Bowling community mourns loss of Pat Marazzi

For close to two decades, Pat Marazzi was a voice for the bowling proprietors in the area and around the state — a leader in the industry, but modest to a fault.

The Bowling Centers Association of Ohio executive director died July 15 after a brief illness. She was 62.

“Pat was a respected leader in the Dayton and Ohio bowling communities,” former BCAO co-worker Jenny Martin said. “Although most bowlers wouldn’t recognize Pat, they were certainly familiar with her work.”

Marazzi first came on board with the Bowling Proprietors Association of Ohio in 1990. She was the tournament director for the Pins Over Average, Miller Buddy Doubles, Dayton Champions City Challenge and Pot of Gold tournaments. She succeeded Mike Hennessy as executive director of both the state and local associations in 1998.

“Pat’s job was interesting, especially on the local level,” Martin said. “The association brings competing business to the table for the greater good of the sport. Pat was the glue that held their business relationships together.”

The Belmont High School graduate was instrumental in initiating high school bowling in Ohio. She planned seminars, meetings, conventions and trade shows for state members as well as recruited centers for membership. Marazzi kept an eye on legislative issues that could impact the centers.

While she was a vocal supporter of the bowling industry, she was a private person who shunned the spotlight. Her loss will be felt by many:

“Pat was a gem to work with and a joy to be around. She always had a smile to greet you with and was always interested in what was going on in your life. She was very helpful and interested in your ideas. She will be greatly missed as an associate in the bowling community and as a great friend.” — Diana Moorman, Beaver-Vu Bowl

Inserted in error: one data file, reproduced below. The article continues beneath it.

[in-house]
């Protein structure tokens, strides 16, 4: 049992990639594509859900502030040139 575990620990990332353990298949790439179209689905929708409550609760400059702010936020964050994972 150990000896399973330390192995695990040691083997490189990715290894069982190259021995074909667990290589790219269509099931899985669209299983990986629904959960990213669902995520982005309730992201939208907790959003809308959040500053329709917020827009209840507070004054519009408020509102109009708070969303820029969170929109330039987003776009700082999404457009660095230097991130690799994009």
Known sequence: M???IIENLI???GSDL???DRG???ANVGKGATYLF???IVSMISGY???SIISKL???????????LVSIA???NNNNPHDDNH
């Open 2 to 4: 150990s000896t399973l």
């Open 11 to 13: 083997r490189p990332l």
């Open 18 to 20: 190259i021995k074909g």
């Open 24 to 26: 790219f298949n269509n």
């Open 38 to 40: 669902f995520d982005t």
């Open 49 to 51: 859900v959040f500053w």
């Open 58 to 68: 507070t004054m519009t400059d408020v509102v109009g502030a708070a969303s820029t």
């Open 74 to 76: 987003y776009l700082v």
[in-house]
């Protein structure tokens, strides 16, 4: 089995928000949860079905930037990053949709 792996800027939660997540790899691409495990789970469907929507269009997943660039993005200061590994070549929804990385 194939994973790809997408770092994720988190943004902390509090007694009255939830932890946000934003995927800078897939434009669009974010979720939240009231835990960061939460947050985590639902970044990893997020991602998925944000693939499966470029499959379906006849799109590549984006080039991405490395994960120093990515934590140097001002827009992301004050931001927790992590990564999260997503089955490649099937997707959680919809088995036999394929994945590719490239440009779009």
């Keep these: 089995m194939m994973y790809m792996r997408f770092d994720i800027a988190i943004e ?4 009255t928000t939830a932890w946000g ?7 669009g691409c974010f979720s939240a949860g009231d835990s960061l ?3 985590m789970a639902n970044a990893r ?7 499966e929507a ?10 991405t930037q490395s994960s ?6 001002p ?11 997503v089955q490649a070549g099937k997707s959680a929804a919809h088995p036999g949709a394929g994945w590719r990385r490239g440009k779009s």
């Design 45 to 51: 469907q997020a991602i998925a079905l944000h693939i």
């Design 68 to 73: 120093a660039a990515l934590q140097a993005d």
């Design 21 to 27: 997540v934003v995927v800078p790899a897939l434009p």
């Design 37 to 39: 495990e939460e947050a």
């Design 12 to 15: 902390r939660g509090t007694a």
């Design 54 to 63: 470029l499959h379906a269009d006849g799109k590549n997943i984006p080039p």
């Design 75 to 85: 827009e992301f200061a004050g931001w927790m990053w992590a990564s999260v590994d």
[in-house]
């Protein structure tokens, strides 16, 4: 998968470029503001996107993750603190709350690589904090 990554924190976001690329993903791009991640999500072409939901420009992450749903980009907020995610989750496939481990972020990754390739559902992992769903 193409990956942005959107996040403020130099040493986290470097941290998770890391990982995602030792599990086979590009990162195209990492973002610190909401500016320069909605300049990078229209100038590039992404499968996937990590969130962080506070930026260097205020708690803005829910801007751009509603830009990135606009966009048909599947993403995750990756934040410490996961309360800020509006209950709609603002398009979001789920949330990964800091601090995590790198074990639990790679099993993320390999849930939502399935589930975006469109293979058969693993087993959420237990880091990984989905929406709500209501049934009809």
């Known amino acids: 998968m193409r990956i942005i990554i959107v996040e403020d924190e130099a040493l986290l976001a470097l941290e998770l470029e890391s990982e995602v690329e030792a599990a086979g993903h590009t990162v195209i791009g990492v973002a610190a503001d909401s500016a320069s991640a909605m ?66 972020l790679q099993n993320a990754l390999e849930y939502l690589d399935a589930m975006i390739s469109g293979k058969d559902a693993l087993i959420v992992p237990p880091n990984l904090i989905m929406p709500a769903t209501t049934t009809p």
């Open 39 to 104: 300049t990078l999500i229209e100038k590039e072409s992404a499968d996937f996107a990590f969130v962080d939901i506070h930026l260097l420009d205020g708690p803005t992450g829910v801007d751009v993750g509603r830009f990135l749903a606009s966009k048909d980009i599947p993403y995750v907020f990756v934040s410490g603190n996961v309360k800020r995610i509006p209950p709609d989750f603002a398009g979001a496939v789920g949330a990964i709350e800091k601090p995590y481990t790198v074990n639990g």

“The news of Pat’s passing certainly cast a dark shadow over the bowling family. I think Pat’s greatest gift was the ease with which she handled the different personalities. As each center is a separate entity, she was somehow able to keep the group working toward the common goal of growing this sport. She was a champion for the little guy, which, as a small center, I appreciated. She was also a champion for the women-run centers, as this is an industry mostly dominated by men. Pat’s passing is a great loss to proprietors across the state.” — Dave Flemming, Bowl 10 Fairborn

“At one of my first BPAO meetings, I was told by an older member that I had not been coming to meetings long enough to have an opinion. I shut my mouth. Pat looked at me and gave me a nod. Immediately after the meeting, she called me and told me she thought my idea was great and encouraged me to keep sharing my opinions and I would soon win them over. Knowing that an icon like Pat believed in me and was in my corner meant the world to me. We shared quite a few long phone calls and emails over the last 20 years and knowing how private of a person she was made those even more special to me.” — Rick Borns, Century Lanes

“Sad news for Ohio bowlers. She could answer any question asked of her and included the history for the answer.” — Rosie Taulbee, Greater Cincinnati Women’s Bowling Association

“I had the pleasure to work with Pat for over 25 years. I can’t imagine an Ohio convention without her. She truly fought for all of our great Ohio proprietors any chance she could. On occasion, yes, her quotes could not be published, and every once in a while an interpreter was needed to understand them, but that was our Pat. It is with a very heavy heart that I say goodbye to the one and only Patty Cakes.” — Scott Shreve, Ace Mitchell

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